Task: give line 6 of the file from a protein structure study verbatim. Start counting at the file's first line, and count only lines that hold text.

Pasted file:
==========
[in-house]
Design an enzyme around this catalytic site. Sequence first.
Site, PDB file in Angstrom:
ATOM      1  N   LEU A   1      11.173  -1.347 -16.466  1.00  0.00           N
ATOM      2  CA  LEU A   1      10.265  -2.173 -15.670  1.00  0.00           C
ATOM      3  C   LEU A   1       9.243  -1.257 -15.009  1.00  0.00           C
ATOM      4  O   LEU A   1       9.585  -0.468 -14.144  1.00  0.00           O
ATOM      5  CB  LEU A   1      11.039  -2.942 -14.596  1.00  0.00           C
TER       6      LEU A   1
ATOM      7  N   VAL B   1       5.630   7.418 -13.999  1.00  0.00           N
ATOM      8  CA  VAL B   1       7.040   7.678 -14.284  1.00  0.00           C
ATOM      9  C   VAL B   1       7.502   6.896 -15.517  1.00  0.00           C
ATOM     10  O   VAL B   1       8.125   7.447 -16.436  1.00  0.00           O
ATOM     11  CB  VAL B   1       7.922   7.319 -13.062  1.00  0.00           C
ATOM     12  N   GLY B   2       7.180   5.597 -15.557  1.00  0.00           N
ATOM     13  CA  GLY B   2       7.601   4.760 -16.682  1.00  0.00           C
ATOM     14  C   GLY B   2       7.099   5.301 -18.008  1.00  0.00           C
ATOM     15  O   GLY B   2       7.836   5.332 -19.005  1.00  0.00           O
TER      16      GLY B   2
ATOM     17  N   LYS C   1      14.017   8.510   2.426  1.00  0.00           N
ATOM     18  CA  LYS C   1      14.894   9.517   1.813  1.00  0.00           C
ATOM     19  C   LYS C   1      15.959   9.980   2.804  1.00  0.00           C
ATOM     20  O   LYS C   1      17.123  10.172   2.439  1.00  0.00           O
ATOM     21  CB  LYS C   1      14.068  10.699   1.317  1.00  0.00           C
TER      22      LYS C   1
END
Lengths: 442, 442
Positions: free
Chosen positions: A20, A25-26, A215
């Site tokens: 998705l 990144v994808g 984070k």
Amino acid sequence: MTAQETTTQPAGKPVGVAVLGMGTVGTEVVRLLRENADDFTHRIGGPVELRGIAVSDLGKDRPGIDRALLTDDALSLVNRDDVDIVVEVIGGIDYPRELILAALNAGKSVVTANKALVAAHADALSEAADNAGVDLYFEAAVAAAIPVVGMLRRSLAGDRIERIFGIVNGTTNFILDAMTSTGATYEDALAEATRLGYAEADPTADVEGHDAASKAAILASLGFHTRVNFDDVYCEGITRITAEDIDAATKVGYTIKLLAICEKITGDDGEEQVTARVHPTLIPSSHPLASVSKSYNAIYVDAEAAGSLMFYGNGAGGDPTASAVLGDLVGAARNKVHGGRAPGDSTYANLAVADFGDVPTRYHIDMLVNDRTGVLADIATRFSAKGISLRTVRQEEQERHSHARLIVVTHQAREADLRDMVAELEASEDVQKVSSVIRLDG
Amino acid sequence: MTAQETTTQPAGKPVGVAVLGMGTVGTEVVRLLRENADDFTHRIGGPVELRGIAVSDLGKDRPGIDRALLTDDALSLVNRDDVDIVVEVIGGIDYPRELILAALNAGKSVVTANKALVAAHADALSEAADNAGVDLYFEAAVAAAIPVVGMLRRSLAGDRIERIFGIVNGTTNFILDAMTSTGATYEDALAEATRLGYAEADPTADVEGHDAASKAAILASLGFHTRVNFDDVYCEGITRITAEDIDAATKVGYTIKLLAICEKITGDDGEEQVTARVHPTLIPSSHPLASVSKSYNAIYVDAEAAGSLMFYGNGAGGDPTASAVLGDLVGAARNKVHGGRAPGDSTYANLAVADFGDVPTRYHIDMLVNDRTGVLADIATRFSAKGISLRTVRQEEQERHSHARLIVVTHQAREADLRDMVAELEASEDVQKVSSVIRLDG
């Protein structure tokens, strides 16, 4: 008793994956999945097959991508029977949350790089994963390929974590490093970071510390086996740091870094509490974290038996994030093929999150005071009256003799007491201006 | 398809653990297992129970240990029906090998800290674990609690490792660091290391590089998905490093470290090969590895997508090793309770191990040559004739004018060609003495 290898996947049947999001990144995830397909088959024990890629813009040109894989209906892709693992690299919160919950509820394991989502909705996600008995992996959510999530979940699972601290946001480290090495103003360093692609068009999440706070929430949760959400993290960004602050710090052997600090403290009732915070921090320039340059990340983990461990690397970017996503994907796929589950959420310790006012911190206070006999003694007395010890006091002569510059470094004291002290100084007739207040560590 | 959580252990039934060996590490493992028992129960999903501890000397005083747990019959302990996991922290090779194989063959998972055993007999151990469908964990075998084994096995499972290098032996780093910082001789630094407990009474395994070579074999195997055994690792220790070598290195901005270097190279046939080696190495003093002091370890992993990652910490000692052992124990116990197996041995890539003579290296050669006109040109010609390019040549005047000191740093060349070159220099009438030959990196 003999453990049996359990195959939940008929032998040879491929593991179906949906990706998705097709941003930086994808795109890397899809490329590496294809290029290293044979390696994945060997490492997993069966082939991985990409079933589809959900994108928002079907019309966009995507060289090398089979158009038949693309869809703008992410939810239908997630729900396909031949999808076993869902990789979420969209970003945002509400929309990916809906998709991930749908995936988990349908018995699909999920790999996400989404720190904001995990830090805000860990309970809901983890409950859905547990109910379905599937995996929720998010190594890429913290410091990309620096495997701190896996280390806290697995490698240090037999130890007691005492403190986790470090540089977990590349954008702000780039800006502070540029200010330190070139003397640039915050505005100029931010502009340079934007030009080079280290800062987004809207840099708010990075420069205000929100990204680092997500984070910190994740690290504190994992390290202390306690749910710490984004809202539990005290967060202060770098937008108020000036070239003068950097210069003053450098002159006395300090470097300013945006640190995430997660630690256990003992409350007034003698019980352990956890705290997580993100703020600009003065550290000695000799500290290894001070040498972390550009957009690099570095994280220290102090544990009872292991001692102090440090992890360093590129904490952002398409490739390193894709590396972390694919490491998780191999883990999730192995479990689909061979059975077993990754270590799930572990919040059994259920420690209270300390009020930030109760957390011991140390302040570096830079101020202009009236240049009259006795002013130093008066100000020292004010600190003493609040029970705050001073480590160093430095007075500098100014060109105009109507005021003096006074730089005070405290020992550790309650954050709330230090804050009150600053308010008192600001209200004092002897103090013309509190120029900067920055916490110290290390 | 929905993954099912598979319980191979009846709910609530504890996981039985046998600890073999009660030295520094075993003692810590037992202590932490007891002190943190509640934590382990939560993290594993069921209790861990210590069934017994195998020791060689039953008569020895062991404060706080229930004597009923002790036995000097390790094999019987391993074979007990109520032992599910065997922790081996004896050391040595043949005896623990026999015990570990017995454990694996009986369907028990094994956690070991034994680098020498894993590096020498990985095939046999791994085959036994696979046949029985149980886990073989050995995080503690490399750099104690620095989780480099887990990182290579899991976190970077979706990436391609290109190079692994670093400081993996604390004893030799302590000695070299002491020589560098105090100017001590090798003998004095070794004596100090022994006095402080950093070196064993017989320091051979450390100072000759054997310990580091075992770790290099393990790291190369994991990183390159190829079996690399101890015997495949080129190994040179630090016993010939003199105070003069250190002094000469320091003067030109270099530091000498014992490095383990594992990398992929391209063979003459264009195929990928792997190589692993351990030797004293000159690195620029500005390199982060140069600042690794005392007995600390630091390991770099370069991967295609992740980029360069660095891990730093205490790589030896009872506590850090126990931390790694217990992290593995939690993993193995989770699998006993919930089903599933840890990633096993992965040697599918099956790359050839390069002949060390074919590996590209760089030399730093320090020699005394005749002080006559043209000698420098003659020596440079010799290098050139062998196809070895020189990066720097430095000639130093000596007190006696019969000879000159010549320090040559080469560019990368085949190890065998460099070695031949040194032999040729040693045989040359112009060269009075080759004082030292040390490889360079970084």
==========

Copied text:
ATOM      3  C   LEU A   1       9.243  -1.257 -15.009  1.00  0.00           C